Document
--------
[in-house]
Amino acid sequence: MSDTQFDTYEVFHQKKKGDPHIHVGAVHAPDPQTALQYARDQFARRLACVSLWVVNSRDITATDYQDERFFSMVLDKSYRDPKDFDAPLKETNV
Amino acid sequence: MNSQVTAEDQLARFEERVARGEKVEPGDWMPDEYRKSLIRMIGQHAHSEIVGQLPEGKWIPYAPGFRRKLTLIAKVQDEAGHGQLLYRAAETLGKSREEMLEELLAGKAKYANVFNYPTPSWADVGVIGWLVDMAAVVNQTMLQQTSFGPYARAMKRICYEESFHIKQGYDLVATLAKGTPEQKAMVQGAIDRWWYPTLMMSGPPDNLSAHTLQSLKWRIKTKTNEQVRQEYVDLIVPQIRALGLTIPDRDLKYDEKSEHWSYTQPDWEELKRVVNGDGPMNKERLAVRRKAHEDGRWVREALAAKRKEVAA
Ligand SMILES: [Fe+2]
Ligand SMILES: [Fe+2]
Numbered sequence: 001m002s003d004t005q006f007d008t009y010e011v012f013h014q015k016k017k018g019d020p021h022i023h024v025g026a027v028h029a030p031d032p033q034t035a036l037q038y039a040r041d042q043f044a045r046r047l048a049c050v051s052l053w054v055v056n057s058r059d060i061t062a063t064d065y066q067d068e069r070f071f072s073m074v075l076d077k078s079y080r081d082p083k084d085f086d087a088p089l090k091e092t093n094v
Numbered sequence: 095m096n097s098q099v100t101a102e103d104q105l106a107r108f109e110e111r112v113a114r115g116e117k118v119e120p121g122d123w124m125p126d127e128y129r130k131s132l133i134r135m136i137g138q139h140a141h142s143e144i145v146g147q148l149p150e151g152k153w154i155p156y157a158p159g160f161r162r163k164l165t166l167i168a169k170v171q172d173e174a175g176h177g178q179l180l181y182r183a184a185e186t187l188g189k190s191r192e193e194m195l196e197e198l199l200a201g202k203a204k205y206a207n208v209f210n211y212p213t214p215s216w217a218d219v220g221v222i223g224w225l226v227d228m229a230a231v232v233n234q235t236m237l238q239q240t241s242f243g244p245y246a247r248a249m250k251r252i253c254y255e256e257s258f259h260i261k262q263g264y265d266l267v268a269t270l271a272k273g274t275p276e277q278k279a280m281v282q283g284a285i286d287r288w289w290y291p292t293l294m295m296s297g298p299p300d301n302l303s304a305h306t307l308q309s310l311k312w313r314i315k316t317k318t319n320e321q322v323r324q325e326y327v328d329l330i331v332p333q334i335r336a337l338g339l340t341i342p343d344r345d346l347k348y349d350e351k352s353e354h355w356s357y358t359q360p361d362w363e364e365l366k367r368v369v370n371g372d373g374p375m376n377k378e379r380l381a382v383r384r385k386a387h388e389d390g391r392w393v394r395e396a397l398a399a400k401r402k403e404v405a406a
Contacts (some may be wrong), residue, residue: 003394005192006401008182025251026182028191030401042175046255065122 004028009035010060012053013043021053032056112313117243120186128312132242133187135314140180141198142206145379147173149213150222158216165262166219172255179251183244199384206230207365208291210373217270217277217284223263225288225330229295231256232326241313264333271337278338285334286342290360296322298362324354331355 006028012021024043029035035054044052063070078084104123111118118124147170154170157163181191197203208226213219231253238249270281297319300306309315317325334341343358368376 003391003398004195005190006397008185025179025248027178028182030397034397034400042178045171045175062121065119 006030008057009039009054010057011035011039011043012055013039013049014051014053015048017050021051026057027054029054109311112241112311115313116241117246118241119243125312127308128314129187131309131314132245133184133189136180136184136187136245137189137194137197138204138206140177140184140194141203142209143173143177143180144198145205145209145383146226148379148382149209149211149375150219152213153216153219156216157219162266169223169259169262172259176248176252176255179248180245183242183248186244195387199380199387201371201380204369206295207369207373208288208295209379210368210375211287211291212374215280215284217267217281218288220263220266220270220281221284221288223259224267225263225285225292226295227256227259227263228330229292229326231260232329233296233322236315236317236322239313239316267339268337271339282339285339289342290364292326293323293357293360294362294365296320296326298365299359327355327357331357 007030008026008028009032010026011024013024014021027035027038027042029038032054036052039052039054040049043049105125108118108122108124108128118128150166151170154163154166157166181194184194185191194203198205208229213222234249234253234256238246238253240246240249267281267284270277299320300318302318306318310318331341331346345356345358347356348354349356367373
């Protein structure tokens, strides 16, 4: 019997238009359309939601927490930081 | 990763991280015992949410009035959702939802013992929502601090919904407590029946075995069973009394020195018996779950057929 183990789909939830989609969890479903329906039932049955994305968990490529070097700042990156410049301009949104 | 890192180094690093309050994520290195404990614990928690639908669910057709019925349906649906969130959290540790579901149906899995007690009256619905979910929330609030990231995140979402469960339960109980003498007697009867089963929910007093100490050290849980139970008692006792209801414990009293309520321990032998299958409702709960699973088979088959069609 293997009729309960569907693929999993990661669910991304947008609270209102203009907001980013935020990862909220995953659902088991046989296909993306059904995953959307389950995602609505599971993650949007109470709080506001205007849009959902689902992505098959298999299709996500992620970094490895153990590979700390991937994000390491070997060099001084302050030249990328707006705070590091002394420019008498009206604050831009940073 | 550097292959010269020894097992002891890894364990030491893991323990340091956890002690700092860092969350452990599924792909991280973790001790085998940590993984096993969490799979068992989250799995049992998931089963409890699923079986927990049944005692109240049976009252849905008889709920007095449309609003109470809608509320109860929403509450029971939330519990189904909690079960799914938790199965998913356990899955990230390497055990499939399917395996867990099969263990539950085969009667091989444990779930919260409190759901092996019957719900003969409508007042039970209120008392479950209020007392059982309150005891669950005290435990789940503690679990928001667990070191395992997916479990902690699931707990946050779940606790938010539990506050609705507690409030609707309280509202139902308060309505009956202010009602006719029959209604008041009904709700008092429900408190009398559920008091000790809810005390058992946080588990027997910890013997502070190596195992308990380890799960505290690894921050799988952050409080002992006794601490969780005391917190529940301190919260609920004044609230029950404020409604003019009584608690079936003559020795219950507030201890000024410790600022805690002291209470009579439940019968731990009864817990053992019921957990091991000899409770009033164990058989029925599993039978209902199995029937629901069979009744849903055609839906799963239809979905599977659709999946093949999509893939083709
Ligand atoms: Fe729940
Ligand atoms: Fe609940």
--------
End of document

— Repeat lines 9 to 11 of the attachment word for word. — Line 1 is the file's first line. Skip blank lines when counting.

């Protein structure tokens, strides 16, 4: 019997238009359309939601927490930081 | 990763991280015992949410009035959702939802013992929502601090919904407590029946075995069973009394020195018996779950057929 183990789909939830989609969890479903329906039932049955994305968990490529070097700042990156410049301009949104 | 890192180094690093309050994520290195404990614990928690639908669910057709019925349906649906969130959290540790579901149906899995007690009256619905979910929330609030990231995140979402469960339960109980003498007697009867089963929910007093100490050290849980139970008692006792209801414990009293309520321990032998299958409702709960699973088979088959069609 293997009729309960569907693929999993990661669910991304947008609270209102203009907001980013935020990862909220995953659902088991046989296909993306059904995953959307389950995602609505599971993650949007109470709080506001205007849009959902689902992505098959298999299709996500992620970094490895153990590979700390991937994000390491070997060099001084302050030249990328707006705070590091002394420019008498009206604050831009940073 | 550097292959010269020894097992002891890894364990030491893991323990340091956890002690700092860092969350452990599924792909991280973790001790085998940590993984096993969490799979068992989250799995049992998931089963409890699923079986927990049944005692109240049976009252849905008889709920007095449309609003109470809608509320109860929403509450029971939330519990189904909690079960799914938790199965998913356990899955990230390497055990499939399917395996867990099969263990539950085969009667091989444990779930919260409190759901092996019957719900003969409508007042039970209120008392479950209020007392059982309150005891669950005290435990789940503690679990928001667990070191395992997916479990902690699931707990946050779940606790938010539990506050609705507690409030609707309280509202139902308060309505009956202010009602006719029959209604008041009904709700008092429900408190009398559920008091000790809810005390058992946080588990027997910890013997502070190596195992308990380890799960505290690894921050799988952050409080002992006794601490969780005391917190529940301190919260609920004044609230029950404020409604003019009584608690079936003559020795219950507030201890000024410790600022805690002291209470009579439940019968731990009864817990053992019921957990091991000899409770009033164990058989029925599993039978209902199995029937629901069979009744849903055609839906799963239809979905599977659709999946093949999509893939083709
Ligand atoms: Fe729940
Ligand atoms: Fe609940």